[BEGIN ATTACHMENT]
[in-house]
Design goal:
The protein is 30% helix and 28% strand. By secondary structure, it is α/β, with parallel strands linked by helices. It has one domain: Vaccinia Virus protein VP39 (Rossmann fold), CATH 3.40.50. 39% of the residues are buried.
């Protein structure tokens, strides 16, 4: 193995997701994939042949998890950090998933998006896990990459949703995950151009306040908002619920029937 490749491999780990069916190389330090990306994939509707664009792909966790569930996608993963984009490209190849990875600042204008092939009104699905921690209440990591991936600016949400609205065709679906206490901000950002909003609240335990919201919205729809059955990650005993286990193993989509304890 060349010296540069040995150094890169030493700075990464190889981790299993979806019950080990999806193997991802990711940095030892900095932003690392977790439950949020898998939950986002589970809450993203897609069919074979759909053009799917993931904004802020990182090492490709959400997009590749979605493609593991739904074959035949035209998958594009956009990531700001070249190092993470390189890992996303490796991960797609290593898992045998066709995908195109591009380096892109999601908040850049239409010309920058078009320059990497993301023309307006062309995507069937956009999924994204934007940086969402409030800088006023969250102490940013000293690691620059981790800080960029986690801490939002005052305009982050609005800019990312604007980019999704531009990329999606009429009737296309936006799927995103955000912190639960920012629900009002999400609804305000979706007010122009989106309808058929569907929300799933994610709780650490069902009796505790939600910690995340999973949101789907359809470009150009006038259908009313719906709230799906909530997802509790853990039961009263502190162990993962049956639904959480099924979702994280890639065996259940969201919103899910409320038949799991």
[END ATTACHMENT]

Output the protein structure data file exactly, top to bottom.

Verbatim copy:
[in-house]
Design goal:
The protein is 30% helix and 28% strand. By secondary structure, it is α/β, with parallel strands linked by helices. It has one domain: Vaccinia Virus protein VP39 (Rossmann fold), CATH 3.40.50. 39% of the residues are buried.
């Protein structure tokens, strides 16, 4: 193995997701994939042949998890950090998933998006896990990459949703995950151009306040908002619920029937 490749491999780990069916190389330090990306994939509707664009792909966790569930996608993963984009490209190849990875600042204008092939009104699905921690209440990591991936600016949400609205065709679906206490901000950002909003609240335990919201919205729809059955990650005993286990193993989509304890 060349010296540069040995150094890169030493700075990464190889981790299993979806019950080990999806193997991802990711940095030892900095932003690392977790439950949020898998939950986002589970809450993203897609069919074979759909053009799917993931904004802020990182090492490709959400997009590749979605493609593991739904074959035949035209998958594009956009990531700001070249190092993470390189890992996303490796991960797609290593898992045998066709995908195109591009380096892109999601908040850049239409010309920058078009320059990497993301023309307006062309995507069937956009999924994204934007940086969402409030800088006023969250102490940013000293690691620059981790800080960029986690801490939002005052305009982050609005800019990312604007980019999704531009990329999606009429009737296309936006799927995103955000912190639960920012629900009002999400609804305000979706007010122009989106309808058929569907929300799933994610709780650490069902009796505790939600910690995340999973949101789907359809470009150009006038259908009313719906709230799906909530997802509790853990039961009263502190162990993962049956639904959480099924979702994280890639065996259940969201919103899910409320038949799991």